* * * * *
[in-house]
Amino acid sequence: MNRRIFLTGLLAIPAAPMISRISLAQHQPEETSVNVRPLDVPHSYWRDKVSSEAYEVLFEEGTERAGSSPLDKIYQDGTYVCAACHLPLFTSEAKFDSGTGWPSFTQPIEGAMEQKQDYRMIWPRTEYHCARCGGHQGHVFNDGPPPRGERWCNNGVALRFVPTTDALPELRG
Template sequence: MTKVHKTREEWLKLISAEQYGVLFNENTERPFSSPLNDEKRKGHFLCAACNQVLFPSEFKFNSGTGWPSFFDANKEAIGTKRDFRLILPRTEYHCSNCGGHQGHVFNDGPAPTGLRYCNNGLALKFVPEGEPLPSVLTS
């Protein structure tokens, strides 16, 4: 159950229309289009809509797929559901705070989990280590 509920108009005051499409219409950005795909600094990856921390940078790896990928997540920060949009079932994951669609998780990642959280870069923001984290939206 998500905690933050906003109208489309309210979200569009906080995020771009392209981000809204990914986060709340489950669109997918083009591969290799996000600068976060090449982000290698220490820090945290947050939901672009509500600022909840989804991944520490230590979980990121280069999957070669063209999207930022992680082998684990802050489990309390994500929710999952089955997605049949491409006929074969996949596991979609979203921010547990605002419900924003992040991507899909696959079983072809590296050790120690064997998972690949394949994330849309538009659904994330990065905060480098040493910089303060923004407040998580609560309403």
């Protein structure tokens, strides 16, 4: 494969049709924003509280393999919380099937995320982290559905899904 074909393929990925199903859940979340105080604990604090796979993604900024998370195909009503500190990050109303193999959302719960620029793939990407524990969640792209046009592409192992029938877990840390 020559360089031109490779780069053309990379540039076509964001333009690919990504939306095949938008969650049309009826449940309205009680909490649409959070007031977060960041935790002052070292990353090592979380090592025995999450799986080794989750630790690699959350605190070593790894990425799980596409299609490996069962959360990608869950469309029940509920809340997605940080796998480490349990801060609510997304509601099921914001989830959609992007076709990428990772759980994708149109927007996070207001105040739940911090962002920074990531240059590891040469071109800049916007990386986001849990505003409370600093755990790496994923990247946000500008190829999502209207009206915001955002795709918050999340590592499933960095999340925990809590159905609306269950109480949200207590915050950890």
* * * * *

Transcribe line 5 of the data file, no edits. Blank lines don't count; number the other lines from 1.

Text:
């Protein structure tokens, strides 16, 4: 494969049709924003509280393999919380099937995320982290559905899904 074909393929990925199903859940979340105080604990604090796979993604900024998370195909009503500190990050109303193999959302719960620029793939990407524990969640792209046009592409192992029938877990840390 020559360089031109490779780069053309990379540039076509964001333009690919990504939306095949938008969650049309009826449940309205009680909490649409959070007031977060960041935790002052070292990353090592979380090592025995999450799986080794989750630790690699959350605190070593790894990425799980596409299609490996069962959360990608869950469309029940509920809340997605940080796998480490349990801060609510997304509601099921914001989830959609992007076709990428990772759980994708149109927007996070207001105040739940911090962002920074990531240059590891040469071109800049916007990386986001849990505003409370600093755990790496994923990247946000500008190829999502209207009206915001955002795709918050999340590592499933960095999340925990809590159905609306269950109480949200207590915050950890």